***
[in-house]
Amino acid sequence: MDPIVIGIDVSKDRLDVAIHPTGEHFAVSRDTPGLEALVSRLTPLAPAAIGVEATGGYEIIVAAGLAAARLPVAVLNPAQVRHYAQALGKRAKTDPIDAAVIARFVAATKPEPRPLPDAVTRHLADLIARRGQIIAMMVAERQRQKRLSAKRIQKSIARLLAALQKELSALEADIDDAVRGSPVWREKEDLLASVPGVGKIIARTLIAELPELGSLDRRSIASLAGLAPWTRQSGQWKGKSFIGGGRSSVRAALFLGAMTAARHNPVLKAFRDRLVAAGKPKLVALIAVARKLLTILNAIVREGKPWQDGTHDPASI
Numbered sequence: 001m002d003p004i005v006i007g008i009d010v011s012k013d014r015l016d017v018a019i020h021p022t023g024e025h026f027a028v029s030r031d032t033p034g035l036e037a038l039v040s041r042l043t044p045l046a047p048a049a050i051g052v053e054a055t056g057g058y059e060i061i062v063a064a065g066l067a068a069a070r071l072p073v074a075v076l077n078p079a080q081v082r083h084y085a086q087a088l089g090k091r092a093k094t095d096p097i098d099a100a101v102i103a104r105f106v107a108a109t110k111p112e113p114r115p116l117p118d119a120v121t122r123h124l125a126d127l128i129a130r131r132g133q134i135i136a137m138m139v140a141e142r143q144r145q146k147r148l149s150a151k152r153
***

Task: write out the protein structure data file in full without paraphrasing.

[in-house]
Amino acid sequence: MDPIVIGIDVSKDRLDVAIHPTGEHFAVSRDTPGLEALVSRLTPLAPAAIGVEATGGYEIIVAAGLAAARLPVAVLNPAQVRHYAQALGKRAKTDPIDAAVIARFVAATKPEPRPLPDAVTRHLADLIARRGQIIAMMVAERQRQKRLSAKRIQKSIARLLAALQKELSALEADIDDAVRGSPVWREKEDLLASVPGVGKIIARTLIAELPELGSLDRRSIASLAGLAPWTRQSGQWKGKSFIGGGRSSVRAALFLGAMTAARHNPVLKAFRDRLVAAGKPKLVALIAVARKLLTILNAIVREGKPWQDGTHDPASI
Numbered sequence: 001m002d003p004i005v006i007g008i009d010v011s012k013d014r015l016d017v018a019i020h021p022t023g024e025h026f027a028v029s030r031d032t033p034g035l036e037a038l039v040s041r042l043t044p045l046a047p048a049a050i051g052v053e054a055t056g057g058y059e060i061i062v063a064a065g066l067a068a069a070r071l072p073v074a075v076l077n078p079a080q081v082r083h084y085a086q087a088l089g090k091r092a093k094t095d096p097i098d099a100a101v102i103a104r105f106v107a108a109t110k111p112e113p114r115p116l117p118d119a120v121t122r123h124l125a126d127l128i129a130r131r132g133q134i135i136a137m138m139v140a141e142r143q144r145q146k147r148l149s150a151k152r153